Physical Therapy of Plano. Matthew Infanzon, PT, OCS, CSCS.Physical Therapy of Plano. Matthew Infanzon, PT, OCS, CSCS.

Trigger Point Dry Needling (TDN)

Trigger Point Dry Needling or TDN is a treatment for relieving pain caused by myofascial trigger points. Myofascial trigger points are irritable spots in the muscle that are associated with a hypersensitive palpable nodule in a taut band (Simons, Travell and Simons, 1999). In other words, a painful spot in the muscle that when pressed, will send pain to a different area, called a referral pattern. For example, pressing the muscle at the base of the neck can send pain into the head.

Dry needling is the insertion of a very small, fine needle into the trigger point to release the tight muscle and stimulate the body’s system for healing. The needles used are much smaller than injection needles and have a rounded, solid tip versus the beveled, hollow tip of an injection needle; so there is very little risk of adverse tissue damage or infection with TDN and often less discomfort than experienced with a traditional injection. The patient will often experience a small prick or pinch as the needle goes through the skin followed by a deep ache or cramping sensation and often a twitch as the needle reaches that targeted point and the muscle releases. This can be followed by muscle soreness after treatment that is similar to that experienced after exercising. Treatment soreness will usually not last for more than one day.

Who benefits from Trigger Point Dry Needling?

TDN can be used on a variety of patients to treat back pain, neck pain, shoulder injuries, knee injuries, etc. It can even be used for those who have had surgery.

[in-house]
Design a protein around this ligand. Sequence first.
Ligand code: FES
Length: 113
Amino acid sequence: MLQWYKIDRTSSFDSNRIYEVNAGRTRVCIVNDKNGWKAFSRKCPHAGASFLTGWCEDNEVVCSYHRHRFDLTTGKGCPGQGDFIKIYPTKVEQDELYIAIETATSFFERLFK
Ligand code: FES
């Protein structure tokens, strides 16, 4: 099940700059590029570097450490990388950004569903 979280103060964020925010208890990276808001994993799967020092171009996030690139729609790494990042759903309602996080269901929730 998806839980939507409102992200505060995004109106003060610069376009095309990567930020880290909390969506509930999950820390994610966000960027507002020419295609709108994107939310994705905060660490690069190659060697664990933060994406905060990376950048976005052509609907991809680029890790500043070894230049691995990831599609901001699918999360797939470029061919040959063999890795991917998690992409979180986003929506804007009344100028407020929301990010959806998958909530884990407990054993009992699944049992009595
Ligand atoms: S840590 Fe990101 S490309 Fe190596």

Dry needling is a great technique to decrease the pain from muscles, and by relaxing the muscles we are then able to treat the joints more effectively. This allows exercise to be performed more effectively and the pain cycle can be broken. It is a great tool for us to have and the results can be dramatic.

What effect does TDN have on the muscle?

  • Increased blood flow which brings improved nutrition and oxygen to the muscle for healing
  • Decreased muscle banding—TDN stimulates the tight band of muscle which is followed by relaxation of the muscle. This alleviates biomechanical strain on adjacent joints and when coupled with other manual techniques and therapeutic exercise helps to normalize muscle and joint function.
  • Decreased abnormal neurological energy-eliciting the twitch response through needling has been found to quiet spontaneous electrical activity of nerves in trigger points (Chen et. Al, 2001).
  • Decreased pain—There is evidence that the twitch response can normalize the balance of chemicals responsible for the transmission of pain from trigger points in muscle (Shah, et.al, 2005). It is also thought that TDN may decrease pain through stimulation of complex pain pathways in the body.

Is TDN the same as acupuncture?

No, TDN is not the same. While the needles used are the same as in acupuncture, the methods of evaluation and needle placement are very different. In physical therapy practice, the clinician will use a complex evaluation of the joints, muscle, and neural systems to identify and treat dysfunction. Needle placement is based on problematic areas in the muscular system. An acupuncturist also uses many evaluation and treatment techniques, however, needle placement is usually determined by identifying points along meridians or energy channels of the body. Stimulation of these points is aimed at restoring the energy flow (or Chi) to promote healing.

If you have any questions about Trigger Point Dry Needling and to see if it is appropriate for you, please call our office at (972) 398-7881.